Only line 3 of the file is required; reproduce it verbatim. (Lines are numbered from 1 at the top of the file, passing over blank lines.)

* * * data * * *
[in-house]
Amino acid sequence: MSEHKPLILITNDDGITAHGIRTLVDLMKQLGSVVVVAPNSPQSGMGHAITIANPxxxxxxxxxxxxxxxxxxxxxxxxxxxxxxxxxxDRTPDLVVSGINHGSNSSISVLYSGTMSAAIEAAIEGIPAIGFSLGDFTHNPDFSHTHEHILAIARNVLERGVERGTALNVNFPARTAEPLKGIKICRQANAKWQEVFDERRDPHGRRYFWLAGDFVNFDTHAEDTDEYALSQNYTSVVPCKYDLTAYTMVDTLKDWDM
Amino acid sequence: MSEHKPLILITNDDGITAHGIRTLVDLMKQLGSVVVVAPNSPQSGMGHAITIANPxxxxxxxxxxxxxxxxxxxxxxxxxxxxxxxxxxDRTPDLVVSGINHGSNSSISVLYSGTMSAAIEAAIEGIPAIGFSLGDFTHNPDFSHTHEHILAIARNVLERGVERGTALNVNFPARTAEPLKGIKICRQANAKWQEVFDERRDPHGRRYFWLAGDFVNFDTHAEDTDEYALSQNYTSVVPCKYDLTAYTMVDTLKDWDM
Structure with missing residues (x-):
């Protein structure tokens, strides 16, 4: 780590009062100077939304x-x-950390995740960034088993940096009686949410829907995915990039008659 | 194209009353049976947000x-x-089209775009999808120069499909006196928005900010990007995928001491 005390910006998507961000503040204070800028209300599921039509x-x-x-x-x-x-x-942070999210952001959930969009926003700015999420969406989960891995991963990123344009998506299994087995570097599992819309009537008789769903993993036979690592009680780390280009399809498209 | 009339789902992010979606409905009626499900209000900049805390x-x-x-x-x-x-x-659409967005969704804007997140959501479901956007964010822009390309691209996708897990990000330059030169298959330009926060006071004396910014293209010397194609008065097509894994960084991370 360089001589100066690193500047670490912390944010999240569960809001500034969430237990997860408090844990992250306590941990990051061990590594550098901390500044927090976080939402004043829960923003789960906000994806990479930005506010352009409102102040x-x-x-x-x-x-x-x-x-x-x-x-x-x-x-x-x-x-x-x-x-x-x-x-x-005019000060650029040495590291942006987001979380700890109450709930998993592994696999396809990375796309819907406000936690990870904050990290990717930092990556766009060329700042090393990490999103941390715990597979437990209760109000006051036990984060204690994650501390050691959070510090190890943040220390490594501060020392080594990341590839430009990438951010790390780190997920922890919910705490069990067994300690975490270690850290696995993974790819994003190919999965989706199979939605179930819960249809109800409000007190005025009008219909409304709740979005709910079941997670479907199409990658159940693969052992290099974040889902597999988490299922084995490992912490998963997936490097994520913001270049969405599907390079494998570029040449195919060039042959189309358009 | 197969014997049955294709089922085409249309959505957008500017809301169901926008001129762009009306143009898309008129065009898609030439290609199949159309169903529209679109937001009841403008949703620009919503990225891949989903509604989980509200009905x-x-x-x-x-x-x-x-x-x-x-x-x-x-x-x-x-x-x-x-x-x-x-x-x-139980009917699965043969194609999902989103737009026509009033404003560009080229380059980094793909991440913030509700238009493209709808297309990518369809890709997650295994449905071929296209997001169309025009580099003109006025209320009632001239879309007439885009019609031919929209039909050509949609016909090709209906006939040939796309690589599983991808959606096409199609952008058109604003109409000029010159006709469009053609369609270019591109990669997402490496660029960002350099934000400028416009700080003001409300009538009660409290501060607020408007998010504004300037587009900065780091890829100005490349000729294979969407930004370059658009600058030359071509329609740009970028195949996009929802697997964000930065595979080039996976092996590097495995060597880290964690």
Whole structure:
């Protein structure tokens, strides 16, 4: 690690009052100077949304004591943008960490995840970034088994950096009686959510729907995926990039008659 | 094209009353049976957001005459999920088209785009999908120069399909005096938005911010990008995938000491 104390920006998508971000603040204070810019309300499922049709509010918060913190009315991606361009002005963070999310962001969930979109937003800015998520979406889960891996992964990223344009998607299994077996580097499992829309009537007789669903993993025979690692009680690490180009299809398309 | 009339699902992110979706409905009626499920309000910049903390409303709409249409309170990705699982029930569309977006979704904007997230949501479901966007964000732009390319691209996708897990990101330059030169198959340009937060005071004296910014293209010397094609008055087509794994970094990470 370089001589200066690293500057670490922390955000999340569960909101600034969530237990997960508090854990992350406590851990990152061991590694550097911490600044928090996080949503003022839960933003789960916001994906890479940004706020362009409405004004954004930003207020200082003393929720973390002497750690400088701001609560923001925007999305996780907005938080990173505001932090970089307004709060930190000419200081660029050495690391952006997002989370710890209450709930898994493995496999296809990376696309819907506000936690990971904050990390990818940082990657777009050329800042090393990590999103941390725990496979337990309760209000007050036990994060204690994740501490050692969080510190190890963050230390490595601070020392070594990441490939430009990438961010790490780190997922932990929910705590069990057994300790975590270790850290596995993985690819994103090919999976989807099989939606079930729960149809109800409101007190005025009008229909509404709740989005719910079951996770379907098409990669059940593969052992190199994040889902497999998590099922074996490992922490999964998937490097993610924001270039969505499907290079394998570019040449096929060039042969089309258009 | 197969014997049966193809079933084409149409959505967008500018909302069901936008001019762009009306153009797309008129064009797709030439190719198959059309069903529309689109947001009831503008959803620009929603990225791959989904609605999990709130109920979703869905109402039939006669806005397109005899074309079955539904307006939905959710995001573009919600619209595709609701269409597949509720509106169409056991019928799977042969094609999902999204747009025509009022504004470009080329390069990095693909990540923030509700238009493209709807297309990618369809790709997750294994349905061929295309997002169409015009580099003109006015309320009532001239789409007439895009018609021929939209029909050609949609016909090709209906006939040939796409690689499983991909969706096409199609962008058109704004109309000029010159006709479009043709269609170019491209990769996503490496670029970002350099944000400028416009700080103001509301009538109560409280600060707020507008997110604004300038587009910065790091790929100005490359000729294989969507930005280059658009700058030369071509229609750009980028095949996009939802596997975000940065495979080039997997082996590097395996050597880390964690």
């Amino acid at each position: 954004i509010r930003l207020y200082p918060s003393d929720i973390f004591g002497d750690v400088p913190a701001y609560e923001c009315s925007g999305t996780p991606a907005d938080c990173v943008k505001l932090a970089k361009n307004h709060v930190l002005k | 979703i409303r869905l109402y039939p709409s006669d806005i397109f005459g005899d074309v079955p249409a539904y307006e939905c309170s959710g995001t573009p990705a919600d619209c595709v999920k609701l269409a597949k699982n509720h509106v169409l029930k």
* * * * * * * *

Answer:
Amino acid sequence: MSEHKPLILITNDDGITAHGIRTLVDLMKQLGSVVVVAPNSPQSGMGHAITIANPxxxxxxxxxxxxxxxxxxxxxxxxxxxxxxxxxxDRTPDLVVSGINHGSNSSISVLYSGTMSAAIEAAIEGIPAIGFSLGDFTHNPDFSHTHEHILAIARNVLERGVERGTALNVNFPARTAEPLKGIKICRQANAKWQEVFDERRDPHGRRYFWLAGDFVNFDTHAEDTDEYALSQNYTSVVPCKYDLTAYTMVDTLKDWDM